As an indie production, you may not be able to build as impressive a prospectus as the next Tarantino film, but that's okay. As you go through your outline, identify where your project can stand out.
Do not be ashamed to work every single angle.
What makes your film special? And what makes it a good bet? If your film is based on a true story, consider including a well written director's statement about its origins. If you have a particularly outstanding team, think about how you can make your crew pages shine.
The same goes for any resources your production might have. Are there already great actors attached? Do you have access to an awe-inspiring location? Highlight all of it. Do not be ashamed to work every single angle.
3. Define your market niche
Clearly defining where your film falls in the market will serve your production in innumerable ways. It will guide you in targeting both grants and private equity, during difficult scenes on set, through your edit, and all the way to your home video release. And defining it early shows investors that you have good marketing sense. Think of your niche as the sales version of your theme.
Don't stop at naming your genre and demographics. Really make sure to have a rounded understanding of how to capitalize on them. How do 7-15 year-old girls consume movies as opposed to senior citizens? Which genres have the highest box office performance? The more you can outline your business strategy from the very beginning, the more confidence you will inspire.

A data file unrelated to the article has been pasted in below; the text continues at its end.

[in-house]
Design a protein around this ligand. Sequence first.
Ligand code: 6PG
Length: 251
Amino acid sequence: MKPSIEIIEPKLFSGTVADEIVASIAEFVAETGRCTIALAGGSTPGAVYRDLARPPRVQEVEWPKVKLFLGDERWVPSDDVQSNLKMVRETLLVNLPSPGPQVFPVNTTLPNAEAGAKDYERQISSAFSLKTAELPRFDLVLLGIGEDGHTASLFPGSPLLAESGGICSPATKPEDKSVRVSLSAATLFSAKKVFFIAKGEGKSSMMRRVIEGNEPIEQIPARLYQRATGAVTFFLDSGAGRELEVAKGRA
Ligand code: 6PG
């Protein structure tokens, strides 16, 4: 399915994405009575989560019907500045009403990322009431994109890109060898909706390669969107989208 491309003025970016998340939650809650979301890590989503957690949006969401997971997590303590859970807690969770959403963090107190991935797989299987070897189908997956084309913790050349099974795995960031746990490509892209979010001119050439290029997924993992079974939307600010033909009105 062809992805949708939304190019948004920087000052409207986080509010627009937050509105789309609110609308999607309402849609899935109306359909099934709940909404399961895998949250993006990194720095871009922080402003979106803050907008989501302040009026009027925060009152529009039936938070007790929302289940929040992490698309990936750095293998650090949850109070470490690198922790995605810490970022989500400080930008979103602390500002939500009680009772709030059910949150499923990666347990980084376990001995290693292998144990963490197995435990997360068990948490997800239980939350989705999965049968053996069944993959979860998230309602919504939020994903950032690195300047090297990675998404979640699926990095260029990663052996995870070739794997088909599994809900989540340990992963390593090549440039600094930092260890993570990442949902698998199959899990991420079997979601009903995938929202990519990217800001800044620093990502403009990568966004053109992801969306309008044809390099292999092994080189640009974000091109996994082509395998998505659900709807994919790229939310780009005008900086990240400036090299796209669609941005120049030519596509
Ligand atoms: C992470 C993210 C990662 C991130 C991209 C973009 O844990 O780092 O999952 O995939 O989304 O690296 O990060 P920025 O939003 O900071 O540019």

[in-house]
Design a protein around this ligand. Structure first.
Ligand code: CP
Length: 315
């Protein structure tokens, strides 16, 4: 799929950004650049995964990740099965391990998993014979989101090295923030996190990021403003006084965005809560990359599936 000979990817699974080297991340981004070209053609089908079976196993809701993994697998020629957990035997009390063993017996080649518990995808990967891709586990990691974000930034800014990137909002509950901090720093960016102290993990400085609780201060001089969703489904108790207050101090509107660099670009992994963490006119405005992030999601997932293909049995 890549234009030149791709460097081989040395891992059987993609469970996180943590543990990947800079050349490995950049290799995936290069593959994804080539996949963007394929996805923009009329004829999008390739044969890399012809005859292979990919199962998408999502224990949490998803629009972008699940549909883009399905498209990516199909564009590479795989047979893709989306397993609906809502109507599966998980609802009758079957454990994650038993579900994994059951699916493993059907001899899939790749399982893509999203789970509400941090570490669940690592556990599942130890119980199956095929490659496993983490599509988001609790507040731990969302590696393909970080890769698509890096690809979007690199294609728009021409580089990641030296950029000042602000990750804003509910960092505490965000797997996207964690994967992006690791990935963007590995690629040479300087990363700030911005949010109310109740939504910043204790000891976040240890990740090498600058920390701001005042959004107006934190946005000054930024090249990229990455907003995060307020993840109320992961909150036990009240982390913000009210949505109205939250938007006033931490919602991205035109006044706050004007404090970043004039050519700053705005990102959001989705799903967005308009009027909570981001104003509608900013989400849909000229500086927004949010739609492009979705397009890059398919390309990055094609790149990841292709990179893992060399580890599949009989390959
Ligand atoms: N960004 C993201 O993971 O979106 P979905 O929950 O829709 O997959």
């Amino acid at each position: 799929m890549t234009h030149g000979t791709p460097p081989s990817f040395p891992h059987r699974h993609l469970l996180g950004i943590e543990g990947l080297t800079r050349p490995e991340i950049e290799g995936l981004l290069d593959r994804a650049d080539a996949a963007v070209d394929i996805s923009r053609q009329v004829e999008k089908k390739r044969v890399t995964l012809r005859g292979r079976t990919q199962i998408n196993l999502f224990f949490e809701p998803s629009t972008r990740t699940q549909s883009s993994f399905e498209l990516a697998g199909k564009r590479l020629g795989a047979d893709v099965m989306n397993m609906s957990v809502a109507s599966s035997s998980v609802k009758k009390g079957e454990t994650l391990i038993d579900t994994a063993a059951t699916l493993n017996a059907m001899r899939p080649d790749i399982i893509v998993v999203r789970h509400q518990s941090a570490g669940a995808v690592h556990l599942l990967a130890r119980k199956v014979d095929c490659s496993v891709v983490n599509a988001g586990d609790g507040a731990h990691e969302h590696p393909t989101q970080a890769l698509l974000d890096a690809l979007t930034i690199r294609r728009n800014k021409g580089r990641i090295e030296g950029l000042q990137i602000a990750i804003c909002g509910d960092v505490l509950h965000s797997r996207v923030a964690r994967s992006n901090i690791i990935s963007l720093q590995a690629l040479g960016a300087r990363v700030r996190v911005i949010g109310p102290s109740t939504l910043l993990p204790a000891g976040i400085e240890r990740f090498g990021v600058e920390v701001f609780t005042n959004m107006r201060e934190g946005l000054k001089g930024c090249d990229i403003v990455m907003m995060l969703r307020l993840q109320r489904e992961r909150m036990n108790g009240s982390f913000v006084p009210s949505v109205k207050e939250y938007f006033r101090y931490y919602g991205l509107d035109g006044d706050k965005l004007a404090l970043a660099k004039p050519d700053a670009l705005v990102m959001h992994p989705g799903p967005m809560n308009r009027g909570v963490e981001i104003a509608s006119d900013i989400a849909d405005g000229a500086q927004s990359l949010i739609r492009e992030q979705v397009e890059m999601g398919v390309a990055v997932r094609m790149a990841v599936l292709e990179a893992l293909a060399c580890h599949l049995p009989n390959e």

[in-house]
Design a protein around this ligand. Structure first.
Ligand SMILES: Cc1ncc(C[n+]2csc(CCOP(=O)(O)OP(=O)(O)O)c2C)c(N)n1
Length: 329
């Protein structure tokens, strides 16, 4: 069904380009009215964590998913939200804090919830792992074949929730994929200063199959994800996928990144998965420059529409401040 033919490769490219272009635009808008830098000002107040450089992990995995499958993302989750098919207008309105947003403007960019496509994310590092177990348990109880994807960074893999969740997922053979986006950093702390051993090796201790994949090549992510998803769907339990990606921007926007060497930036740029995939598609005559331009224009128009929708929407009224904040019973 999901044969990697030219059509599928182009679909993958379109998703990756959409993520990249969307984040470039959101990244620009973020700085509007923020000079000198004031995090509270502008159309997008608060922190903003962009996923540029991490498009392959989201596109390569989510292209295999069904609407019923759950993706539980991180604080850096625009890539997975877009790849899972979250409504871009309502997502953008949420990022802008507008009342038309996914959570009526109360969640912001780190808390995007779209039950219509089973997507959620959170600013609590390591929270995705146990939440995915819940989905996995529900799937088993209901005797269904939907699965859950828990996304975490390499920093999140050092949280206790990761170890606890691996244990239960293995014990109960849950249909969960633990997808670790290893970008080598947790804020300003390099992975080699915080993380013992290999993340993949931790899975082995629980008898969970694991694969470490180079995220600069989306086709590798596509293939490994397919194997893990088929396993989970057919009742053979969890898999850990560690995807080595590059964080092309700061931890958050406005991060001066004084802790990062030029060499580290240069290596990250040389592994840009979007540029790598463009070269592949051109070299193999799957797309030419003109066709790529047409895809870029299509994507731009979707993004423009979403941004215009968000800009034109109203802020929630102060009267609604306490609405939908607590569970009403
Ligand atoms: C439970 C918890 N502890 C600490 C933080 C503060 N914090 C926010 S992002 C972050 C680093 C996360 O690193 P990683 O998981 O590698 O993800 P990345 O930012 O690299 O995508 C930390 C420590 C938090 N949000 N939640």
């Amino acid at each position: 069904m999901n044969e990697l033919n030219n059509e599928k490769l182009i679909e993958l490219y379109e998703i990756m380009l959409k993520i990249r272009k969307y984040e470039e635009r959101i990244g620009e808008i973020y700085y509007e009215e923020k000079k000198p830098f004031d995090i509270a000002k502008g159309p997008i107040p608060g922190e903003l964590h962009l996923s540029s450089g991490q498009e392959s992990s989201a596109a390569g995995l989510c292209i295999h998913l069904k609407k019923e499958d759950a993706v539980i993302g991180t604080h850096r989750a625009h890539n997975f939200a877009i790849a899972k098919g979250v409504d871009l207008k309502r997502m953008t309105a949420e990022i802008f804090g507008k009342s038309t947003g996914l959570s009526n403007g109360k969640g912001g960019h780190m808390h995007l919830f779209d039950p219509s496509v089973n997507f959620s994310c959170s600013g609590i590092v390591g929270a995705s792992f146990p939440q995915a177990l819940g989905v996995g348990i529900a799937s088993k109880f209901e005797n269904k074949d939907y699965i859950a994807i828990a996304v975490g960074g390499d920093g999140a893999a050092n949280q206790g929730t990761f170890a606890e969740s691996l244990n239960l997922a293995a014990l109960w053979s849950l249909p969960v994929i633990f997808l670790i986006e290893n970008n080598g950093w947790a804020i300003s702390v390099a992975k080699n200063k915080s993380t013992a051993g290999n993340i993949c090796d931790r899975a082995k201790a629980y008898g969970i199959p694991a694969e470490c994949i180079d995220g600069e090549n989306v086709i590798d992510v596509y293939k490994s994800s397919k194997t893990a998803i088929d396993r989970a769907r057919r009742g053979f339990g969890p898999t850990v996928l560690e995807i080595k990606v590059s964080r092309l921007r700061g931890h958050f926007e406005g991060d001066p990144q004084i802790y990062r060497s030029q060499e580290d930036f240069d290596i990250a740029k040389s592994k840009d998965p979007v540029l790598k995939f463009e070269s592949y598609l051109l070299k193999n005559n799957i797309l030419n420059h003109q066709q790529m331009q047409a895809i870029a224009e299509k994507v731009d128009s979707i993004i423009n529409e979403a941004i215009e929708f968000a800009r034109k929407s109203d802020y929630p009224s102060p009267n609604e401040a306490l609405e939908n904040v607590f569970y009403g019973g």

You can also use this area to show off your knowledge of the industry. Make mention of the various avenues of distribution available to films these days, and display an understanding of the pros and cons for each. If you don't know these things right now, Google, Google, Google. So much information is available online about every aspect of production (especially here at NFS). And when you're done Googling, call every professional you know and ask them too.
4. Know your investor perks & work 'em
At the end of the day, very few investors are writing checks out of the goodness of their hearts, so make sure to emphasize what's in it for them. Research the tax incentives available in your shooting location. Many regions will offer a tax rebate in exchange for shooting there. Considering that's the first income your film will earn, your investors will want to know about it. A 30% guaranteed rebate makes their investment 30% more secure. Unfortunately, film's biggest federal tax boon—Section 181—has expired. But since it's frequently renewed, know how it works and keep an eye out for its reemergence.